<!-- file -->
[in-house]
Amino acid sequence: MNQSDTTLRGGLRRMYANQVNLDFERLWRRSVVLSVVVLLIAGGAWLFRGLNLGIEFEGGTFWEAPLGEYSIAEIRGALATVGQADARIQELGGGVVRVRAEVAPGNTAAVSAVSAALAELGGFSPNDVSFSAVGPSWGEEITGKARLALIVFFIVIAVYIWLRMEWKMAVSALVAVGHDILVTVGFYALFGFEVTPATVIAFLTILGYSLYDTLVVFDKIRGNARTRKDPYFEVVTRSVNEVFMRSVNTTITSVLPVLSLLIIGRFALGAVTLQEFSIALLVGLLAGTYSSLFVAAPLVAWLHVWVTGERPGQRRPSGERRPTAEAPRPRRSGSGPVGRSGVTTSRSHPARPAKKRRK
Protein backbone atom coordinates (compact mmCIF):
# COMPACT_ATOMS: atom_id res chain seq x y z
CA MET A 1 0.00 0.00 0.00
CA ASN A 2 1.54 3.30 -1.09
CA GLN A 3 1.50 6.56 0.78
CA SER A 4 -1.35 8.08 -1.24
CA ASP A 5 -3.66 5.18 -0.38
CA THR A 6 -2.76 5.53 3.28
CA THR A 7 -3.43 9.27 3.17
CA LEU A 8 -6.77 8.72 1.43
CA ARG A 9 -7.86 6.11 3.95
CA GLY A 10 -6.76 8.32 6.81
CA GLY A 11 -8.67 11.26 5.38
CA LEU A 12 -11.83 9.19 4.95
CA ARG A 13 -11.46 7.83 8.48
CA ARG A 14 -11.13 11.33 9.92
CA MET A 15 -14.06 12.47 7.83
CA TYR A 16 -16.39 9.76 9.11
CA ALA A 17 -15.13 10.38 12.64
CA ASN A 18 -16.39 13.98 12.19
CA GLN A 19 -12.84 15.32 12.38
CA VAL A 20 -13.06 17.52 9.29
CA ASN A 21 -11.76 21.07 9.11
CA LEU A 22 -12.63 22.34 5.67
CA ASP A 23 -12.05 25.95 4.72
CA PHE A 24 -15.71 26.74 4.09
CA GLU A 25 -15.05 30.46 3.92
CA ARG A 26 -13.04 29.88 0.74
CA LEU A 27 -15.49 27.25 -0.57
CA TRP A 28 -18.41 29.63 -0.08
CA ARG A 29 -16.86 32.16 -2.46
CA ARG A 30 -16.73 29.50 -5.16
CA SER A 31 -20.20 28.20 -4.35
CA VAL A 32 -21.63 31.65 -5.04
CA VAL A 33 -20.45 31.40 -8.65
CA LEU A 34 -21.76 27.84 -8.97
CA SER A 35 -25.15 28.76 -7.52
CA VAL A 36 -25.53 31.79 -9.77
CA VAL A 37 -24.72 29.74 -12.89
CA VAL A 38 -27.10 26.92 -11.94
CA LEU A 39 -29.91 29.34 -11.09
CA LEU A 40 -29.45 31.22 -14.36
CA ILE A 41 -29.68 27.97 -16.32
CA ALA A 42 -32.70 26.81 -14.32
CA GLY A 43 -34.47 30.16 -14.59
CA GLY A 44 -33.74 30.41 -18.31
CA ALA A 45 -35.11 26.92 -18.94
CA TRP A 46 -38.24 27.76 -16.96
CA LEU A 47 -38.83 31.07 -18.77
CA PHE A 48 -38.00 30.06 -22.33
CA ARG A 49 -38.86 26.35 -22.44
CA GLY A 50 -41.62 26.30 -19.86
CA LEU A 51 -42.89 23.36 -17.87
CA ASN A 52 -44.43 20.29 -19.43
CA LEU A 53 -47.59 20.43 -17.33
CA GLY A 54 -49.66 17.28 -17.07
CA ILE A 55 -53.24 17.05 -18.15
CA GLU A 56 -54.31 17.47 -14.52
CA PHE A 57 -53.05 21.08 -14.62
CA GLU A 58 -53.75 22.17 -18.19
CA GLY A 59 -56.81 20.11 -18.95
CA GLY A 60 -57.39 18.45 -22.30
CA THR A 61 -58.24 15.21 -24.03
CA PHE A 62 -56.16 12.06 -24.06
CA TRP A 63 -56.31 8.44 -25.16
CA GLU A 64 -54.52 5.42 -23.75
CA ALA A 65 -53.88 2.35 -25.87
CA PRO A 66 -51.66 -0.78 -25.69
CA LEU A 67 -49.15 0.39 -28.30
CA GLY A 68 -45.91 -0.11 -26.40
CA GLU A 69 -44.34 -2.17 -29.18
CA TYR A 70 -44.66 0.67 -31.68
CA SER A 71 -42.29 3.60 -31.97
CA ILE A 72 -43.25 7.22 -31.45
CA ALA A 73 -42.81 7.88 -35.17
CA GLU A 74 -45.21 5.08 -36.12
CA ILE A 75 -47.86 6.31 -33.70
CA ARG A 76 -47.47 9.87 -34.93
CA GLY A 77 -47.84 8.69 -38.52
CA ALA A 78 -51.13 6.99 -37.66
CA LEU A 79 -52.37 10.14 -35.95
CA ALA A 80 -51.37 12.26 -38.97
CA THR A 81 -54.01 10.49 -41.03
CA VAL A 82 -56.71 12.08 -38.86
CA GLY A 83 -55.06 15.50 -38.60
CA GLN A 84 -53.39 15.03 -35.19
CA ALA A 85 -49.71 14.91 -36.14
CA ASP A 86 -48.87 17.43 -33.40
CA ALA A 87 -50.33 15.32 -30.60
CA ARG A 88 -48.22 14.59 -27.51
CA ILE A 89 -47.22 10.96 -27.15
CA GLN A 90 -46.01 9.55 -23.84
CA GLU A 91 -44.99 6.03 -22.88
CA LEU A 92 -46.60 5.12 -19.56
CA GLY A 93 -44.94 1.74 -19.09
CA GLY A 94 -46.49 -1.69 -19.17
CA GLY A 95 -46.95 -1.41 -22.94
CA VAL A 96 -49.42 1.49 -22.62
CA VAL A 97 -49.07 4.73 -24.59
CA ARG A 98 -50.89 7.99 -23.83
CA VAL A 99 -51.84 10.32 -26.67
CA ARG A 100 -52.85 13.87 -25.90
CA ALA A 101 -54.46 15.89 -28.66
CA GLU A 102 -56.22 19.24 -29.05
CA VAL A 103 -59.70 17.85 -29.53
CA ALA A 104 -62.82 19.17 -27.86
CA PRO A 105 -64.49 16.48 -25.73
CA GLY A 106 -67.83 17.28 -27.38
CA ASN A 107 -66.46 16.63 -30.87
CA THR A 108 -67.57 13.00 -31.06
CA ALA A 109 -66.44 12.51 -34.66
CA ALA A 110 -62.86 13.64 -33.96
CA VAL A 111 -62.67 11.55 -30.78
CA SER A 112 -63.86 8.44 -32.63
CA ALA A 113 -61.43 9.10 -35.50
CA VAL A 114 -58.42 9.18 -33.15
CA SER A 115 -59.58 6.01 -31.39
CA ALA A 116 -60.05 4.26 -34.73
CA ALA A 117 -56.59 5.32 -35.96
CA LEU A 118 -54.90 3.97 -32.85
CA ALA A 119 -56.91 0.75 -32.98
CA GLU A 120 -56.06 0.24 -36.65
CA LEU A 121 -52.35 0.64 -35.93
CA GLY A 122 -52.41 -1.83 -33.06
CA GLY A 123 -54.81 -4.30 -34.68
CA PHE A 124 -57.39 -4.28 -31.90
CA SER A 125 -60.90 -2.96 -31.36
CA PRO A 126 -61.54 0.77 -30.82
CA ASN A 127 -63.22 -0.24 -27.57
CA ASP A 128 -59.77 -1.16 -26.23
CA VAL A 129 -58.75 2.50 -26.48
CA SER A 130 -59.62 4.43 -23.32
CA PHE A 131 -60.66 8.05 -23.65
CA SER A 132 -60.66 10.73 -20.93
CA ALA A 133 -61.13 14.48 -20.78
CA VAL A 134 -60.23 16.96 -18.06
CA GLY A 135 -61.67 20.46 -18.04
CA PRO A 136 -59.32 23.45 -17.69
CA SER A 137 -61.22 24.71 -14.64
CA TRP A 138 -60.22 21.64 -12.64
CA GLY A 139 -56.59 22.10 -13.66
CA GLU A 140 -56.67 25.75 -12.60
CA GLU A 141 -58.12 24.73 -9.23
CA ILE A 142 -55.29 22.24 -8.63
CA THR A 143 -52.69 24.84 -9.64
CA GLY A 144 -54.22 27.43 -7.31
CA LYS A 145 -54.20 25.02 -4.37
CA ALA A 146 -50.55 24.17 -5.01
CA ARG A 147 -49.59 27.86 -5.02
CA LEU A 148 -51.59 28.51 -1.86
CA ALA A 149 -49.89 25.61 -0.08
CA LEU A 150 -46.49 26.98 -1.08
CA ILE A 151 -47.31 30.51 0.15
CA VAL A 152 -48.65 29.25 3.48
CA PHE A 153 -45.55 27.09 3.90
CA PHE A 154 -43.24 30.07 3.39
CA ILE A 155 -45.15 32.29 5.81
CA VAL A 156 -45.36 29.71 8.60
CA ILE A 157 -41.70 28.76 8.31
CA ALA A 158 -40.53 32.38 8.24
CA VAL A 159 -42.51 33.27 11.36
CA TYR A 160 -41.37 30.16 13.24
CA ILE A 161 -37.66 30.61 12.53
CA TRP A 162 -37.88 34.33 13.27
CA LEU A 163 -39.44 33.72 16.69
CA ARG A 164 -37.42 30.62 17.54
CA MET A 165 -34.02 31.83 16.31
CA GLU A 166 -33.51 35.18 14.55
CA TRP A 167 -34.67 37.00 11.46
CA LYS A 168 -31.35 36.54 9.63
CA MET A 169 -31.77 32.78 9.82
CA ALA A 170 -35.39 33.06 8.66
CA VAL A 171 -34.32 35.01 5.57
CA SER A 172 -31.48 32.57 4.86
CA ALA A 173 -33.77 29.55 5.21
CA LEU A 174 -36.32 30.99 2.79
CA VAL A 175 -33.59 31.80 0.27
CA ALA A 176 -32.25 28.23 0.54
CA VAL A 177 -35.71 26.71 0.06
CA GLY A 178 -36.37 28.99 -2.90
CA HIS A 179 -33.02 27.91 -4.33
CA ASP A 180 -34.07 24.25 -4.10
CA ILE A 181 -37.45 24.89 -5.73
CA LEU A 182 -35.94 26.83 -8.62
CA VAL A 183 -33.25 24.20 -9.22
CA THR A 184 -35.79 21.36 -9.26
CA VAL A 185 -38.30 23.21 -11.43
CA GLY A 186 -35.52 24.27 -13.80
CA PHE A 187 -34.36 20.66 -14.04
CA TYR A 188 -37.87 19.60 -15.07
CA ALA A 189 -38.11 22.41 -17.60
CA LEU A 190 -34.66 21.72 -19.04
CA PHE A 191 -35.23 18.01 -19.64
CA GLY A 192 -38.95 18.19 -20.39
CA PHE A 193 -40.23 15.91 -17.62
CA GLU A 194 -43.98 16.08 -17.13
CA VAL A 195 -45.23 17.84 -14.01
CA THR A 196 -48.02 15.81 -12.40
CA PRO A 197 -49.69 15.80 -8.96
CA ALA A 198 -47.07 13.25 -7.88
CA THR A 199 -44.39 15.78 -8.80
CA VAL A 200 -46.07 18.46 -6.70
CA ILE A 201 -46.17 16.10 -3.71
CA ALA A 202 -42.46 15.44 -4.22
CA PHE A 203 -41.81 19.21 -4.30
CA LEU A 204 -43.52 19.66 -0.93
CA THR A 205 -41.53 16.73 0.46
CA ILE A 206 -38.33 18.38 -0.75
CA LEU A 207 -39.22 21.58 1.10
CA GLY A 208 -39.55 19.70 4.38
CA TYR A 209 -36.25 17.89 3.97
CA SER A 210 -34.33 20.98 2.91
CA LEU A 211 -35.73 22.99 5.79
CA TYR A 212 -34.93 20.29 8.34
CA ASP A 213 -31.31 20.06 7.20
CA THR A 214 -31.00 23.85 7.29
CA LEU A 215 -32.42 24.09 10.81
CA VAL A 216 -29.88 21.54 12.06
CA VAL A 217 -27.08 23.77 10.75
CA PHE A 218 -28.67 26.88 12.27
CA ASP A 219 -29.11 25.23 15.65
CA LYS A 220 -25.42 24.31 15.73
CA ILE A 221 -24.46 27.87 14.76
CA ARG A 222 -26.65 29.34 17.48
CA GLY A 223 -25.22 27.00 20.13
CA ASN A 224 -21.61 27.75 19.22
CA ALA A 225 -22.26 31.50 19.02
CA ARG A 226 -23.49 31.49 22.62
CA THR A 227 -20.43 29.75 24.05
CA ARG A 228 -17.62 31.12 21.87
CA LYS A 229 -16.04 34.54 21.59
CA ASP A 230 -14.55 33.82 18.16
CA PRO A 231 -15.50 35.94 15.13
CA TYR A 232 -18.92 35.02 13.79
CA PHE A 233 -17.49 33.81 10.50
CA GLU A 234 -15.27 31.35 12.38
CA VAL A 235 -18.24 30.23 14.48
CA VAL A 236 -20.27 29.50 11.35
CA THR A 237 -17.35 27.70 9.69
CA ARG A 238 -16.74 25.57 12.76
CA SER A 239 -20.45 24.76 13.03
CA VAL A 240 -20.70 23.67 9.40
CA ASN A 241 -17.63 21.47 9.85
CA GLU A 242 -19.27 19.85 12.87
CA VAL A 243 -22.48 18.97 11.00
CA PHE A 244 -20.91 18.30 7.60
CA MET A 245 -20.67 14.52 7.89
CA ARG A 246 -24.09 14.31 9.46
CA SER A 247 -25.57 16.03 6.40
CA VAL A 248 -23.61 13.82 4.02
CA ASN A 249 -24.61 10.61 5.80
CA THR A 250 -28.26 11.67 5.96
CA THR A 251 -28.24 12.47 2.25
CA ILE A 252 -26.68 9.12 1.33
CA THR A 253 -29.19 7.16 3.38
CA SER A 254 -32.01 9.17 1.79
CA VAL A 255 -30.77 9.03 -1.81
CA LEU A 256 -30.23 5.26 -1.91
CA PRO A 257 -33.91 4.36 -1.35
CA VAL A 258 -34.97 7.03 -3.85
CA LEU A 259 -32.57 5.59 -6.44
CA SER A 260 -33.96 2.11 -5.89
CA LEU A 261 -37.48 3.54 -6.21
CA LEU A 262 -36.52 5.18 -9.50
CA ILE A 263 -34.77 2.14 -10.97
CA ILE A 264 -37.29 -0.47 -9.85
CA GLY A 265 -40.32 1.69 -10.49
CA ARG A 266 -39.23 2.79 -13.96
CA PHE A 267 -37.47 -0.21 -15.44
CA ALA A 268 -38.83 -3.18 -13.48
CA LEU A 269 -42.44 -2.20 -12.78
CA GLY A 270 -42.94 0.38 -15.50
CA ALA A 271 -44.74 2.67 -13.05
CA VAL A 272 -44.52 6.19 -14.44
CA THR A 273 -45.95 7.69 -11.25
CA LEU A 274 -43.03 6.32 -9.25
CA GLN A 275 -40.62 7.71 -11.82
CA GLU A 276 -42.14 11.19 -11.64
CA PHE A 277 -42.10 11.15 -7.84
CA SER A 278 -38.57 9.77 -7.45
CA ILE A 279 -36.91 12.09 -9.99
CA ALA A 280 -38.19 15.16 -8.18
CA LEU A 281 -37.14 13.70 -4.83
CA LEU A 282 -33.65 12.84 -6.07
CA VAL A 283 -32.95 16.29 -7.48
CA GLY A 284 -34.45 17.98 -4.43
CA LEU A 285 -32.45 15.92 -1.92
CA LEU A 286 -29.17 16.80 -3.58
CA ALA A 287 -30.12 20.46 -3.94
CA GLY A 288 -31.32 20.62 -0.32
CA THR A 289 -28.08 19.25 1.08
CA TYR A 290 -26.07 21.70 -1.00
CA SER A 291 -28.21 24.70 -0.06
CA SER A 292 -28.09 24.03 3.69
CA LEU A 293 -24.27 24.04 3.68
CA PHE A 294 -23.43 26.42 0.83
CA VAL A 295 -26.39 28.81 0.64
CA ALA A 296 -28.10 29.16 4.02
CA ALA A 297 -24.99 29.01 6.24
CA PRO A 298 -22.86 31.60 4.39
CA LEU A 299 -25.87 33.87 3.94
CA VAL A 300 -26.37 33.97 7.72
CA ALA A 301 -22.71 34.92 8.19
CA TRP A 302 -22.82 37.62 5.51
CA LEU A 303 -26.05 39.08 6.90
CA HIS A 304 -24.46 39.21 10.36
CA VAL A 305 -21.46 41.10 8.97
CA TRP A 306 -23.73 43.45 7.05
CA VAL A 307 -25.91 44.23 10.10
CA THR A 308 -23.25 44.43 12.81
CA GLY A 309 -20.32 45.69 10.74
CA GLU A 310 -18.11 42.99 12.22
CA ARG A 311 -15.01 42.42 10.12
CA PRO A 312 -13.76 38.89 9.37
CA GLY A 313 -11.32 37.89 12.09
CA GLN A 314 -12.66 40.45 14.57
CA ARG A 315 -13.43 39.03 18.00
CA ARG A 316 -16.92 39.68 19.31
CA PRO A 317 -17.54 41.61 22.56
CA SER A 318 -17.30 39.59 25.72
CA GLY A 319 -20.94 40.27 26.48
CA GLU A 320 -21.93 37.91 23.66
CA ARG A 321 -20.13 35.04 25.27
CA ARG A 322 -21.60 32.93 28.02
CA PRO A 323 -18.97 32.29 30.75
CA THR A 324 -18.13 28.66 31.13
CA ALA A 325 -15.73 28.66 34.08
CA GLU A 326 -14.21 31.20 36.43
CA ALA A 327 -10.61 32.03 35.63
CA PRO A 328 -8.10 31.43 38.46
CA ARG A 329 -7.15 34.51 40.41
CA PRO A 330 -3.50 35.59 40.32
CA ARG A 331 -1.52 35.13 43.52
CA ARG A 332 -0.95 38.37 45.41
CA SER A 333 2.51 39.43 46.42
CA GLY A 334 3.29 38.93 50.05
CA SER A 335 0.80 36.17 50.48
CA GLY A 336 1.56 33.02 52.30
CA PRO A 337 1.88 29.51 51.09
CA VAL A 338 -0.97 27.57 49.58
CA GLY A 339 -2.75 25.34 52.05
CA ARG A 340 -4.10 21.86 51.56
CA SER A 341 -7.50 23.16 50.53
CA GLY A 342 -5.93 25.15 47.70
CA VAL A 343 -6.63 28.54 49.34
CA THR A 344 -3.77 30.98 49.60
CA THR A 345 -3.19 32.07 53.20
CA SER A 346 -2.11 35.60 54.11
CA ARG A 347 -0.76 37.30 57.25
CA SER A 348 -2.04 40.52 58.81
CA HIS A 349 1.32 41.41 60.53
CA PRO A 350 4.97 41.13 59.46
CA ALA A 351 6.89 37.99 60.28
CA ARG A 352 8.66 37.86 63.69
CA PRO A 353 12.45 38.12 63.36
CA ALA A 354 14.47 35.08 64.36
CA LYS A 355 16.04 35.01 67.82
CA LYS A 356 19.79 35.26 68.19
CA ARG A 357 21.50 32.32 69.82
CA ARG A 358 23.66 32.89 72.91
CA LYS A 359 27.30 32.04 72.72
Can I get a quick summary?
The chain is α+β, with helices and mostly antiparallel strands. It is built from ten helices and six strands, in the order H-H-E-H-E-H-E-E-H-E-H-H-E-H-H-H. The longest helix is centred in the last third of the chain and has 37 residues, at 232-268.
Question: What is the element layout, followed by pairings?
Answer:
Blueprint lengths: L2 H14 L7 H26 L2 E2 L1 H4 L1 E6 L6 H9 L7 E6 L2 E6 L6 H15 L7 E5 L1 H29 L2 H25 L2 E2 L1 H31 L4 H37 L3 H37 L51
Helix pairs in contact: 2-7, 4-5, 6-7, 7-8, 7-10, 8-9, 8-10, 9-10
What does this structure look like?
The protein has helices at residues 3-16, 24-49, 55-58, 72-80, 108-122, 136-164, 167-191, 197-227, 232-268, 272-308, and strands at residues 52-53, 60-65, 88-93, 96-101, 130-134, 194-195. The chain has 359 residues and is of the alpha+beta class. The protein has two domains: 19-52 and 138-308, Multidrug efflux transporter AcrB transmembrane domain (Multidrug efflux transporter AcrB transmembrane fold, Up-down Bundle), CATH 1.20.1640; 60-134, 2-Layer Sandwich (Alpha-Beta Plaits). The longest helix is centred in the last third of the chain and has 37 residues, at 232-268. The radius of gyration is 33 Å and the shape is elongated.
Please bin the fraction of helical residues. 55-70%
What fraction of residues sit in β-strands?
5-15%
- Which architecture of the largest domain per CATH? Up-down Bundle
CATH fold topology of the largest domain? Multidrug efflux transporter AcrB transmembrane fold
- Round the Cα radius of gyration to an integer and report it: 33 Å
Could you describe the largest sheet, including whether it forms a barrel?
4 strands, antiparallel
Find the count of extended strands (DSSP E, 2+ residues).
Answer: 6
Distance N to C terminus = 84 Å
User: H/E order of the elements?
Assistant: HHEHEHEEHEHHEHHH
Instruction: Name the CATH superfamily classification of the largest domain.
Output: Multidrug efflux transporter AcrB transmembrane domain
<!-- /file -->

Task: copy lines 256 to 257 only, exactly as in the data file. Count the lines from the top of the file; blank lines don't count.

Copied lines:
CA ILE A 252 -26.68 9.12 1.33
CA THR A 253 -29.19 7.16 3.38